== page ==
• Provide cell phones to all staff on duty. Reports of surveys and focus groups indicate that home healthcare workers consider cell phones to be lifelines.[6]
  • Consider other equipment, such as employer-supplied vehicles, emergency alarms, two-way radios, and personal bright flashlights to enhance safety.[6][7]
  • Establish a no-weapons policy in patient homes.
  • If such a policy is not required, request at a minimum that, before service is provided, all weapons be disabled, removed from the area where care is provided, and stored in a secure location.
Recommendation for Workers
  • If possible, visits in high-crime areas should be scheduled during daylight hours.
  • Consider working in pairs in high-crime areas.
  • Always know where you are going. Have accurate directions to the house or apartment.
  • Always let your employer know where you are and when to expect you to report back.
  • When driving alone, have the car windows rolled up and doors locked.
  • Park the car in a well-lighted area.
  • Park in an area away from large trees or shrubs that a person could hide behind.
  • Keep healthcare equipment, supplies, and personal belongings locked out of sight in the trunk of the vehicle.
  • Before getting out of the car, check the surrounding location and activity. If you feel uneasy, do not get out of the car.
  • During the visit, use basic safety precautions:
    • Be alert.
    • Evaluate each situation for possible violence.
    • Watch for signals of impending violent assault, such as verbally expressed anger and frustration, threatening gestures, signs of drugs or alcohol abuse, or the presence of weapons.
  • Maintain behavior that helps to diffuse anger:
    • Present a calm, caring attitude.
    • Do not match threats.
    • Do not give orders.
    • Acknowledge the person’s feelings.
  • Avoid behaviors that may be interpreted as aggressive (for example, moving rapidly or getting too close, touching unnecessarily, or speaking loudly).
  • If possible, keep an open pathway for exiting.
  • Trust your own judgment; avoid situations that don’t feel right.
  • If you cannot gain control of the situation, take these steps:
    • Shorten the visit. Remove yourself from the situation.
    • If you feel threatened, leave immediately.
  • Use your cell phone to call your employer or 911 for help (depending on the severity of the situation).
  • Report any incident of violence to your employer.
  • Notify your employer if you observe an unsecured weapon in the patient’s home.
  • If you notice strong chemical odors or suspect that there’s a drug lab in the area, notify the local police and your employer.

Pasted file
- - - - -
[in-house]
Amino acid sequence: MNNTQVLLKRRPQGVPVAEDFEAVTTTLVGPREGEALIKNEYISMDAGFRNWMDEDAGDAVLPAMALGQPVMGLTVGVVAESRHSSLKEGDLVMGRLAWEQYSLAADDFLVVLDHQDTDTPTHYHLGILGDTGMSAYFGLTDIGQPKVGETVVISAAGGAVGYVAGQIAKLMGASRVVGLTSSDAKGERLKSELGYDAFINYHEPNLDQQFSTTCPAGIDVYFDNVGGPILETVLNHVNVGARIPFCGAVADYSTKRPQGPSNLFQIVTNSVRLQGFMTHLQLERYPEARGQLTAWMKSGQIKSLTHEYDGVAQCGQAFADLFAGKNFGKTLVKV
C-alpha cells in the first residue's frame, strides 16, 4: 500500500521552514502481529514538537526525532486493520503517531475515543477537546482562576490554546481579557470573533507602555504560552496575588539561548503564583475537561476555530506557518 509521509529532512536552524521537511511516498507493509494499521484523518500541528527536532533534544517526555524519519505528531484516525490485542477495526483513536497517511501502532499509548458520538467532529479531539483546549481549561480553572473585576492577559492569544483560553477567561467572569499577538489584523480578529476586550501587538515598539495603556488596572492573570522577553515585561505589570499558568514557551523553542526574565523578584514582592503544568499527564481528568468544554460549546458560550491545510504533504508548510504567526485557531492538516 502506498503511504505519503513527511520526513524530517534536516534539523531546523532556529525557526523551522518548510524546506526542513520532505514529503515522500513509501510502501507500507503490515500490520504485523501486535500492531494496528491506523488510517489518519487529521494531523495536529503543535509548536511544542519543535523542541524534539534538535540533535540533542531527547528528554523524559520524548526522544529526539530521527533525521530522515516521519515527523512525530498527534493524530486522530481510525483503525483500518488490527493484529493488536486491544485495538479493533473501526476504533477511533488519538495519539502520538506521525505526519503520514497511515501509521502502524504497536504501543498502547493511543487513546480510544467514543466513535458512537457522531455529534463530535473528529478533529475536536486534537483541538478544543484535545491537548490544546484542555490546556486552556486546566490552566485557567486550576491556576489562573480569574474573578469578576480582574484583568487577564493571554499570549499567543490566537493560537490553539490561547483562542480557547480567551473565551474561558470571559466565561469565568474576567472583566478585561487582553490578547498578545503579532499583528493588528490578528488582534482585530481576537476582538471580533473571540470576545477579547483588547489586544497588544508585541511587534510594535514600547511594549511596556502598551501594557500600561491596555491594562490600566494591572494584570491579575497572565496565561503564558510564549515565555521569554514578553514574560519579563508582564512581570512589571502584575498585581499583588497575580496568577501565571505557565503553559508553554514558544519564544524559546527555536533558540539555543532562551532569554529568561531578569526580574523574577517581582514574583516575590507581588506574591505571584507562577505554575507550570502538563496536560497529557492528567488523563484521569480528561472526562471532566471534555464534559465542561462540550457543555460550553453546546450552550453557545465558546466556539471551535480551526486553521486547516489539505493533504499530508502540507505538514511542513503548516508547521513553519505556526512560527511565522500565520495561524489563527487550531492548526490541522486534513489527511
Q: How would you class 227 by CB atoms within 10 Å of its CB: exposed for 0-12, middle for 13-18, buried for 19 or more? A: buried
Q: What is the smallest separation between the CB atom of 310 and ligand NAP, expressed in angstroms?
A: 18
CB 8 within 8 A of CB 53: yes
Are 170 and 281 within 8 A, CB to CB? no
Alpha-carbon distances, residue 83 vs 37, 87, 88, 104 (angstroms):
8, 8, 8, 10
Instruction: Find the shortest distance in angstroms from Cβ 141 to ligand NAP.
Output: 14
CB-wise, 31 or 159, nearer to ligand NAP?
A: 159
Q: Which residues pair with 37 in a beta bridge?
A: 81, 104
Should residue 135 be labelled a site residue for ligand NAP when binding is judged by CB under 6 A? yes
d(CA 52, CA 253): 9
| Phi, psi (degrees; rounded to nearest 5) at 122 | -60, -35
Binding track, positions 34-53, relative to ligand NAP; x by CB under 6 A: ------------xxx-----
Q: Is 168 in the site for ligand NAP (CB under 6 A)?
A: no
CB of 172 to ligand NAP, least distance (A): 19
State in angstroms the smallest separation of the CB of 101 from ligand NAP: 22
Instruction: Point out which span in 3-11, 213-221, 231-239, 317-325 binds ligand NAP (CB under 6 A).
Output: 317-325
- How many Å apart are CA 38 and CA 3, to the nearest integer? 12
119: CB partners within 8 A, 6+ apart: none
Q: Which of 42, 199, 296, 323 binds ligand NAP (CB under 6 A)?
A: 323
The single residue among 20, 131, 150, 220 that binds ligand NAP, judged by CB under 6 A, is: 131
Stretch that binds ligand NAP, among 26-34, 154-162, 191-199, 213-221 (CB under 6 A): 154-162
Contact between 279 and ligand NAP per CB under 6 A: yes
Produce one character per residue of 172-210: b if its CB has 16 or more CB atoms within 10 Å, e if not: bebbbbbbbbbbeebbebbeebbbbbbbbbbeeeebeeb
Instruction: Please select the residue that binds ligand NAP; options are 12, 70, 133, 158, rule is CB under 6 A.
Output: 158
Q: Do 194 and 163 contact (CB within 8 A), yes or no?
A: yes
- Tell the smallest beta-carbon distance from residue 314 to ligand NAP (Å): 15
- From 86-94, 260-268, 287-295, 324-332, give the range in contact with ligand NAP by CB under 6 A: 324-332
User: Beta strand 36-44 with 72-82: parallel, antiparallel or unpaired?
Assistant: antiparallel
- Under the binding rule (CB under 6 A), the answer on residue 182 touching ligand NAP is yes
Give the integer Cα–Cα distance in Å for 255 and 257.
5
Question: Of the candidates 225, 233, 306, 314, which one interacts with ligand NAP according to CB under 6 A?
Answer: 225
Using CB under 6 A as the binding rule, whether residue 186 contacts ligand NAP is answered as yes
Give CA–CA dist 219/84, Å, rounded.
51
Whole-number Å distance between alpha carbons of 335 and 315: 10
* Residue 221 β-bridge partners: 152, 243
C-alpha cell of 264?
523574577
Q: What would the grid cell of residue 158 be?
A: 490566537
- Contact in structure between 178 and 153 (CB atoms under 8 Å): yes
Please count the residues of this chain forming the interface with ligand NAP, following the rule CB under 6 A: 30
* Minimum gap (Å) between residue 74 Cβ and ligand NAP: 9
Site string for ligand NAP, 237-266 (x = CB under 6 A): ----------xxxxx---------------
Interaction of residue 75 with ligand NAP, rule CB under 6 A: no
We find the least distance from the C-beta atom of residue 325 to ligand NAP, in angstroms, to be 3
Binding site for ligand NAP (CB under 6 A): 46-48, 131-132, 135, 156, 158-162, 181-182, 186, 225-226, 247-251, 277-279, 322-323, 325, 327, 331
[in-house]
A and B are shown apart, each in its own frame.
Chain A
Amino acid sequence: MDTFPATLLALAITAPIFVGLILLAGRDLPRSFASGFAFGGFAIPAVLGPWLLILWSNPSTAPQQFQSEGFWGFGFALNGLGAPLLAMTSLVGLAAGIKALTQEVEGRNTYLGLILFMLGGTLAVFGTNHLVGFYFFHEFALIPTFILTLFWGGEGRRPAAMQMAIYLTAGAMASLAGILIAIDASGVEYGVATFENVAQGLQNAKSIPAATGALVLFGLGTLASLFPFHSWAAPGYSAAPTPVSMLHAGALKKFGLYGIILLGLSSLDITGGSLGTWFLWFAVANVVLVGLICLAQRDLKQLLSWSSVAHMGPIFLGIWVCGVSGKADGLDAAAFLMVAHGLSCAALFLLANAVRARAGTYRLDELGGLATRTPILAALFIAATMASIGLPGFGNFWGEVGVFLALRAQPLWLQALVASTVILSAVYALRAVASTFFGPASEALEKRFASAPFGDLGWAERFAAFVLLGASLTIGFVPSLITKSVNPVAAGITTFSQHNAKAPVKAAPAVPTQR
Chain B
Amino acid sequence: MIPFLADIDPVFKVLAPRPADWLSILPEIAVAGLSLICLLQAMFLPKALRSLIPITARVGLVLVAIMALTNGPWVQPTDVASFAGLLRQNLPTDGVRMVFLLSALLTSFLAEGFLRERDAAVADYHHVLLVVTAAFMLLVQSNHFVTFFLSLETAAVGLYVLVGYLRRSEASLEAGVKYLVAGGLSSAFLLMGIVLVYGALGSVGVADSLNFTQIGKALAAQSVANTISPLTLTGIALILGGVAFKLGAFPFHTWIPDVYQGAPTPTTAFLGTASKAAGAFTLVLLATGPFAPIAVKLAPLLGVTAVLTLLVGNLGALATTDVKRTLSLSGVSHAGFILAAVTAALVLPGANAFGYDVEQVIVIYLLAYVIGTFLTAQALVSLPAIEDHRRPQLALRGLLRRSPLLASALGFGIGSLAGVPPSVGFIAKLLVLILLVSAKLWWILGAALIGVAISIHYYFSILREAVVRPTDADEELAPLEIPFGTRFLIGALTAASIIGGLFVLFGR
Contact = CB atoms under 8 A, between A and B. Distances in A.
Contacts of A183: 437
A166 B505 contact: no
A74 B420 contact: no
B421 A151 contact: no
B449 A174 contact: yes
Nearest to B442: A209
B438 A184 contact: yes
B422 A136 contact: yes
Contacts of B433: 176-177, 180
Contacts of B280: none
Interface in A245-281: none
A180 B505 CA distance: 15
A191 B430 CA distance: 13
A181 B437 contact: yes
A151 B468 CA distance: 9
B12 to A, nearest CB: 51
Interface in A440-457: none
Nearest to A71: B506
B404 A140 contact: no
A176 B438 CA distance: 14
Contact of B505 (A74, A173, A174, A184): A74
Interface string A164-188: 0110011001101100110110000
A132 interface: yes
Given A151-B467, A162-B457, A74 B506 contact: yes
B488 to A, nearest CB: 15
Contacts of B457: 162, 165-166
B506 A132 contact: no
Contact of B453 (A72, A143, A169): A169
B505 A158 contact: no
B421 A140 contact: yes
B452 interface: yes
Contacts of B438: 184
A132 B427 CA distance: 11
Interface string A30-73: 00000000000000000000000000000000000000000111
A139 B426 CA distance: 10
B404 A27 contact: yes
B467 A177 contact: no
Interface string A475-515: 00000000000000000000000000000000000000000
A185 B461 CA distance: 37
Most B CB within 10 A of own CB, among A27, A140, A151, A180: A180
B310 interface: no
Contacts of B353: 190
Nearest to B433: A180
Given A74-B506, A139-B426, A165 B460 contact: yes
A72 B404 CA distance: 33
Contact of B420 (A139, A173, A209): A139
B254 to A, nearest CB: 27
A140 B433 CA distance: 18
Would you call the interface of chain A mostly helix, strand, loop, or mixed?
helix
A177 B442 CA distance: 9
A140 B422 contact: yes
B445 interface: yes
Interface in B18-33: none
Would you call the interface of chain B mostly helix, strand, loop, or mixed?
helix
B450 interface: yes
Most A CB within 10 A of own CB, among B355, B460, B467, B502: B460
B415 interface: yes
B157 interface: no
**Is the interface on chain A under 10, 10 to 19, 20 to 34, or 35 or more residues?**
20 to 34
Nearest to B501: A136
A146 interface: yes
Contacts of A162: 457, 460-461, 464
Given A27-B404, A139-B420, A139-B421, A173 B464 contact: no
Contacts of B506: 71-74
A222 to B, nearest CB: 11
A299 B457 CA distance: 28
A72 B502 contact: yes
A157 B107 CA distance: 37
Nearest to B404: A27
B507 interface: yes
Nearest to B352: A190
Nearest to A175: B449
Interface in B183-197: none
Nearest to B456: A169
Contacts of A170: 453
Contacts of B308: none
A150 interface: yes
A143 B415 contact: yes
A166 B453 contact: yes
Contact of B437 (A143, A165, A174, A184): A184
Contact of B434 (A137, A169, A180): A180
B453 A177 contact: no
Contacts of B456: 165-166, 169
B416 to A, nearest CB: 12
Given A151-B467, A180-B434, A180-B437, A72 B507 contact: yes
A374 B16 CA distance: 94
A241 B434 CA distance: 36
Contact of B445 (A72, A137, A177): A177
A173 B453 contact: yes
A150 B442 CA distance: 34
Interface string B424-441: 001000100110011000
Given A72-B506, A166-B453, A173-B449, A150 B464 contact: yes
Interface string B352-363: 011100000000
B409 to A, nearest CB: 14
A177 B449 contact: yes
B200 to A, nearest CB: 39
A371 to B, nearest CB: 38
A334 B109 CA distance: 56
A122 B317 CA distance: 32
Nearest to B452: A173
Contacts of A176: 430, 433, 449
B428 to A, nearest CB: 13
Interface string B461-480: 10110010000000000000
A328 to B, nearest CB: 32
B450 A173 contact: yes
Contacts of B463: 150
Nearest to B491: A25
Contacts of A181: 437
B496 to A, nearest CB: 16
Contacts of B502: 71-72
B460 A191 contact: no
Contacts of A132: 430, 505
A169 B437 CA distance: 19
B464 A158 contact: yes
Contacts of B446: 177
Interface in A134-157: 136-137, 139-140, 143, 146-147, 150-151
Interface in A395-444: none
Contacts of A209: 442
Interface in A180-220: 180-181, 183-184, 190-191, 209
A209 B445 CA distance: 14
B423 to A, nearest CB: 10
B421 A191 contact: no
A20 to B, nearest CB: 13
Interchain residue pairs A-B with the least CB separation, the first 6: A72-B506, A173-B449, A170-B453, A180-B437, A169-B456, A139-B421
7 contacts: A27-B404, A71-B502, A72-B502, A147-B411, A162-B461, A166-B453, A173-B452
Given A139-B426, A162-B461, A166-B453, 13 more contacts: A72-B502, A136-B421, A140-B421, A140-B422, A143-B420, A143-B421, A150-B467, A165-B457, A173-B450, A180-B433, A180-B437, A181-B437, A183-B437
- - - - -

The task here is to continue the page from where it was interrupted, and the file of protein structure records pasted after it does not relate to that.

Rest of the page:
• If someone approaches you looking for ephedrine or pseudoephedrine, notify the local police and your employer.
  • If someone approaches you looking for needles, notify your employer.
  • If you are being verbally abused, ask the abuser to stop the conversation.
    • If the abuser does not stop the conversation, leave the premises and notify your employer.


  • NIOSH. Violence on the job. U.S. Department of Health and Human Services, Centers for Disease Control and Prevention, National Institute for Occupational Safety and Health,DHHS (NIOSH) Publication No. 2004– 100d [www.cdc.gov/niosh/docs/video.html].
  • NIOSH. Violence: occupational hazards in hospitals. U.S. Department of Health and Human Services, Centers for Disease Control and Prevention, National Institute for Occupational Safety and Health, DHHS (NIOSH) Publication No. 2002–101. (Available in English [www.cdc.gov/niosh/docs/2002-101/] and Spanish [www.cdc.gov/spanish/ niosh/docs/2002-101sp.html].)
  • OSHA. U.S. Department of Labor, Workplace violence [www.osha.gov/SLTC/workplaceviolence/]. An example incident reporting form is available at [www.osha.gov/Publications/OSHA3148/osha3148.html].

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NOTE: This is a controlled document. This document is not a substitute for proper training, experience, and exercising of professional judgment. While every effort has been made to ensure the accuracy of the contents, neither the authors nor the Wound Reference, Inc. give any guarantee as to the accuracy of the information contained in them nor accept any liability, with respect to loss, damage, injury or expense arising from any such errors or omissions in the contents of the work.


  1. U.S. Department of Health and Human Services, Centers for Disease Control and Prevention, National Institute for Occupational Safety and Health et al. Occupational Hazards in Home Healthcare . 2010;.
  2. . Table R-4. Number of nonfatal occupational injuries and illnesses involving days away from work by industry, 2006. Washington, DC: U.S. Department of Labor, Bureau of Labor Statistics BLS. 2007;.
  3. Sylvester BJ, Reisener L et al. Scared to go to work: a home care performance improvement initiative. Journal of nursing care quality. 2002;volume 17(1):71-82.
  4. Kendra MA, Weiker A, Simon S, Grant A, Shullick D et al. Safety concerns affecting delivery of home health care. Public health nursing (Boston, Mass.). 1996;volume 13(2):83-9.
  5. Kendra MA. Perception of risk by home health care administrators and field workers. Public health nursing (Boston, Mass.). 1996;volume 13(6):386-93.
  6. . The Answer Group. NIOSH: home healthcare workers. Written summary and videotapes of focus group meetings of home healthcare workers (June 13 and July 7, 1999) and Chicago, Illinois (June 28, 1999). Cincinnati, OH: U.S. Department of Health and Human Services, Centers for Disease Control and Prevention, National Institute for Occupational Safety and Health. NIOSH. 1999;.
  7. Fazzone PA, Barloon LF, McConnell SJ, Chitty JA et al. Personal safety, violence, and home health. Public health nursing (Boston, Mass.). 2000;volume 17(1):43-52.
  8. McPhaul K. Home care security Am J Nurs. 2004;volume 104(9):96.
  9. . Current intelligence bulletin 57: violence in the workplace, risk factors, and prevention strategies. Cincinnati, OH: U.S. Department of Health and Human Services, Centers for Disease Control and Prevention, National Institute for Occupational Safety and Health, DHHS (NIOSH) Publication No. 96–100. NIOSH. 1996;.
  10. Lanza ML, Campbell D et al. Patient assault: a comparison study of reporting methods. Journal of nursing quality assurance. 1991;volume 5(4):60-8.
  11. . Table A-1. Fatal occupational injuries by industry and event or exposure, all United States, 2006. Washington, DC: U.S. Department of Labor, Bureau of Labor Statistics BLS. 2007;.
  12. Brillhart B, Kruse B, Heard L et al. Safety concerns for rehabilitation nurses in home care. Rehabilitation nursing : the official journal of the Association of Rehabilitation Nurses. 2004;volume 29(6):227-9.
  13. . Guidelines for preventing workplace violence for healthcare and social service workers. Washington, DC: U.S. Department of Labor, Occupational Safety and Health Administration Pub No. 3148-01R. OSHA. 2004;.
  14. Jarrell RB. Home care workers: injury prevention through risk factor reduction. Occupational medicine (Philadelphia, Pa.). 1997;volume 12(4):757-66.
Topic 2429 Version 1.0